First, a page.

Walking In My Shoes

I

I don’t like walking in my shoes,
Soles worn smooth and they leak.
I know there are many
Walking in poorer shoes, but
I don’t like walking in my shoes.

Slide and slip through puddles,
Stones always find their way in,
Cut through sodden socks
Until I hobble my way home,
I don’t like walking in my shoes.

The man in the bus queue
Has a sole flapping loose,
Another has string for laces,
I know these are worse than mine but
I don’t like walking in my shoes.

I’m tired of my own footsteps,
My feet are bruised and sore,
Don’t try walking in my shoes,
They may not be glued together, but
I can’t bear walking in my shoes.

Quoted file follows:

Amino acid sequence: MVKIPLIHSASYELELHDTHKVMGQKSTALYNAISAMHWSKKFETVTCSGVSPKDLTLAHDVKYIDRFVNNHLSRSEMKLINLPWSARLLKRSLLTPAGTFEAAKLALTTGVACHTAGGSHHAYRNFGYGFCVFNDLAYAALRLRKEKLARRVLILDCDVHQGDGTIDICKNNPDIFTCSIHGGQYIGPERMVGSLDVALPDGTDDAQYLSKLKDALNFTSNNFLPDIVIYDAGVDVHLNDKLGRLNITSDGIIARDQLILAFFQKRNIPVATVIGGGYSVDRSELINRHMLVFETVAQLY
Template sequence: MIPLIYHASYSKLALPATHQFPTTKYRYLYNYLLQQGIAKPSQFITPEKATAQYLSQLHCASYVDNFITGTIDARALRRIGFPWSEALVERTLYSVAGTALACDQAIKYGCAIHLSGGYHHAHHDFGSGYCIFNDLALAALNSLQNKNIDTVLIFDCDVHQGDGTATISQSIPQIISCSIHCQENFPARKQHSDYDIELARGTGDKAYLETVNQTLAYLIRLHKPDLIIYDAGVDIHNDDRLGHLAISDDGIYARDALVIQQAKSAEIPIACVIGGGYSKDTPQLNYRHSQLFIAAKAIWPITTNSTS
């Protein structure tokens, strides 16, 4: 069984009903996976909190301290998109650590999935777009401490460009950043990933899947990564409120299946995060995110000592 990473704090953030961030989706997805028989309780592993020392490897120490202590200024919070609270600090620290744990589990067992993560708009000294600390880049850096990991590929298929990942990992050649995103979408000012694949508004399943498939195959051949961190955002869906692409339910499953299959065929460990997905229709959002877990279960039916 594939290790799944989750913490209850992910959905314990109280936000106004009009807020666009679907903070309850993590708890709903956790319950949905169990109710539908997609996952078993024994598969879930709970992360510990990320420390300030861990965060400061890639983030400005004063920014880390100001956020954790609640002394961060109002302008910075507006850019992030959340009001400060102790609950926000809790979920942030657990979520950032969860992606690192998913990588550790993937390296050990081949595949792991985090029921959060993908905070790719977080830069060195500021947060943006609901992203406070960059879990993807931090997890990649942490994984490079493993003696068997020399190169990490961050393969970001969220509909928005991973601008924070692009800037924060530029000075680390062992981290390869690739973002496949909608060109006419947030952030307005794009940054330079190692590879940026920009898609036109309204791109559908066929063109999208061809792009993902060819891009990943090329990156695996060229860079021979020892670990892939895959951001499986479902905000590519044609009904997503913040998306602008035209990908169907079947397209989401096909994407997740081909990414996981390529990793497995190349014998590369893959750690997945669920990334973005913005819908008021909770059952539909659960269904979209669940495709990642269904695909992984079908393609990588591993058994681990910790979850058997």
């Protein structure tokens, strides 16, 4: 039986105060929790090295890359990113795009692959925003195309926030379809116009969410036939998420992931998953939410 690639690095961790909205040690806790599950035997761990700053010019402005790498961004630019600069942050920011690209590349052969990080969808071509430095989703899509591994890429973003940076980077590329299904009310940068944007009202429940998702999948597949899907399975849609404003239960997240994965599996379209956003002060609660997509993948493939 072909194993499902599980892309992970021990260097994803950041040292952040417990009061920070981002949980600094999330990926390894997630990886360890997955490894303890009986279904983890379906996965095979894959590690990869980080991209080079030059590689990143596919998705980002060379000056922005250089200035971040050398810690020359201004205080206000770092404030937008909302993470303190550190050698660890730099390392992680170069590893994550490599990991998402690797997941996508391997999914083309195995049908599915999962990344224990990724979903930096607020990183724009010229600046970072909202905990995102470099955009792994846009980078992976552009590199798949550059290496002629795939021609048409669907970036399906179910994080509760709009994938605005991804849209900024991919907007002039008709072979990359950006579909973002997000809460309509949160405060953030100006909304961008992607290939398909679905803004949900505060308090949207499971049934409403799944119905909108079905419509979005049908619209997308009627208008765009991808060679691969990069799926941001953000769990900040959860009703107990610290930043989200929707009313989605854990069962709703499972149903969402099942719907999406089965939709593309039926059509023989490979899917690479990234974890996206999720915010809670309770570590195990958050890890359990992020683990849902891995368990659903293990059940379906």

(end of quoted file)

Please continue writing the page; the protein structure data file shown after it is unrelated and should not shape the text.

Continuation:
II

I cannot walk in their shoes
No matter how well they seem to fit,
Their tidy gravel paths are not mine,
Nor heels filed from pressing gas or brake,
Nor pavement smoothed soles
Thinned by the same daily roads,
These are mine no longer
Though I still see them,
Treading my own track in leaky leather,
No part for me in that play.

III

Look at these shoes:
Scuffed white beyond
Hope of polish, heels
Smoothed to ankle turning curves,
Soles sanded so every step
Is on ice, only the laces
Are new, still shop clean.
They do scrub up well,
Though it takes increasing effort,
Hardly worth the bother,
I doubt they’ll be footworthy
Much longer: lived in, walked in,
Gone round the clock, block and bend.
Look at them, these old shoes,
Worn out and near past it.
A bit like me really.

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